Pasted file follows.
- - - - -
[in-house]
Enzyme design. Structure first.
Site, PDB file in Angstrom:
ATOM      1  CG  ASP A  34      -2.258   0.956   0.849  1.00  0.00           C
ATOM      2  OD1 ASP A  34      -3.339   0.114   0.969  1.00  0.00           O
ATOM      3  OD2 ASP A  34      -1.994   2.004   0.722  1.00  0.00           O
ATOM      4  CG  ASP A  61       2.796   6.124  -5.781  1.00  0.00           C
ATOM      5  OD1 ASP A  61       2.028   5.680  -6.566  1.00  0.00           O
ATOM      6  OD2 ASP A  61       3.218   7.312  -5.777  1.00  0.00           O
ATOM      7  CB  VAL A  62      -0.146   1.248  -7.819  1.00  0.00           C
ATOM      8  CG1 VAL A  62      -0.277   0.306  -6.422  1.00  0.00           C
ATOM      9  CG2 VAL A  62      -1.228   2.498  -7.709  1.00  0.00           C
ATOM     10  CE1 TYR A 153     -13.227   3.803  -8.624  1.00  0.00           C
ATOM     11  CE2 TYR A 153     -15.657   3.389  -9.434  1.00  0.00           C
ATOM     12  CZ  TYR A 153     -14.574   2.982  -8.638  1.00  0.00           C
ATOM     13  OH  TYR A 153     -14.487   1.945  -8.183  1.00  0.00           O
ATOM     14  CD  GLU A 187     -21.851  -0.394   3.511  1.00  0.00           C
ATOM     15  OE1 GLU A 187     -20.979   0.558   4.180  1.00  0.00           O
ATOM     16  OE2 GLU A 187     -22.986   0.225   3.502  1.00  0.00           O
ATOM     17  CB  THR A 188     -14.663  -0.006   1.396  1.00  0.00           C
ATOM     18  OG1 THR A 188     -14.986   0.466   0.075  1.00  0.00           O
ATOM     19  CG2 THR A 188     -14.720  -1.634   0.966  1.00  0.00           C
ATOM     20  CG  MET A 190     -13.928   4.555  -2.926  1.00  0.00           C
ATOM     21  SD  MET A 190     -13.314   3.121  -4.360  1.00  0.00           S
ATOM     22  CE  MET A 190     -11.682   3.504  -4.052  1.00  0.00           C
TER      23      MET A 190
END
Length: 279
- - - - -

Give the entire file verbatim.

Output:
[in-house]
Enzyme design. Structure first.
Site, PDB file in Angstrom:
ATOM      1  CG  ASP A  34      -2.258   0.956   0.849  1.00  0.00           C
ATOM      2  OD1 ASP A  34      -3.339   0.114   0.969  1.00  0.00           O
ATOM      3  OD2 ASP A  34      -1.994   2.004   0.722  1.00  0.00           O
ATOM      4  CG  ASP A  61       2.796   6.124  -5.781  1.00  0.00           C
ATOM      5  OD1 ASP A  61       2.028   5.680  -6.566  1.00  0.00           O
ATOM      6  OD2 ASP A  61       3.218   7.312  -5.777  1.00  0.00           O
ATOM      7  CB  VAL A  62      -0.146   1.248  -7.819  1.00  0.00           C
ATOM      8  CG1 VAL A  62      -0.277   0.306  -6.422  1.00  0.00           C
ATOM      9  CG2 VAL A  62      -1.228   2.498  -7.709  1.00  0.00           C
ATOM     10  CE1 TYR A 153     -13.227   3.803  -8.624  1.00  0.00           C
ATOM     11  CE2 TYR A 153     -15.657   3.389  -9.434  1.00  0.00           C
ATOM     12  CZ  TYR A 153     -14.574   2.982  -8.638  1.00  0.00           C
ATOM     13  OH  TYR A 153     -14.487   1.945  -8.183  1.00  0.00           O
ATOM     14  CD  GLU A 187     -21.851  -0.394   3.511  1.00  0.00           C
ATOM     15  OE1 GLU A 187     -20.979   0.558   4.180  1.00  0.00           O
ATOM     16  OE2 GLU A 187     -22.986   0.225   3.502  1.00  0.00           O
ATOM     17  CB  THR A 188     -14.663  -0.006   1.396  1.00  0.00           C
ATOM     18  OG1 THR A 188     -14.986   0.466   0.075  1.00  0.00           O
ATOM     19  CG2 THR A 188     -14.720  -1.634   0.966  1.00  0.00           C
ATOM     20  CG  MET A 190     -13.928   4.555  -2.926  1.00  0.00           C
ATOM     21  SD  MET A 190     -13.314   3.121  -4.360  1.00  0.00           S
ATOM     22  CE  MET A 190     -11.682   3.504  -4.052  1.00  0.00           C
TER      23      MET A 190
END
Length: 279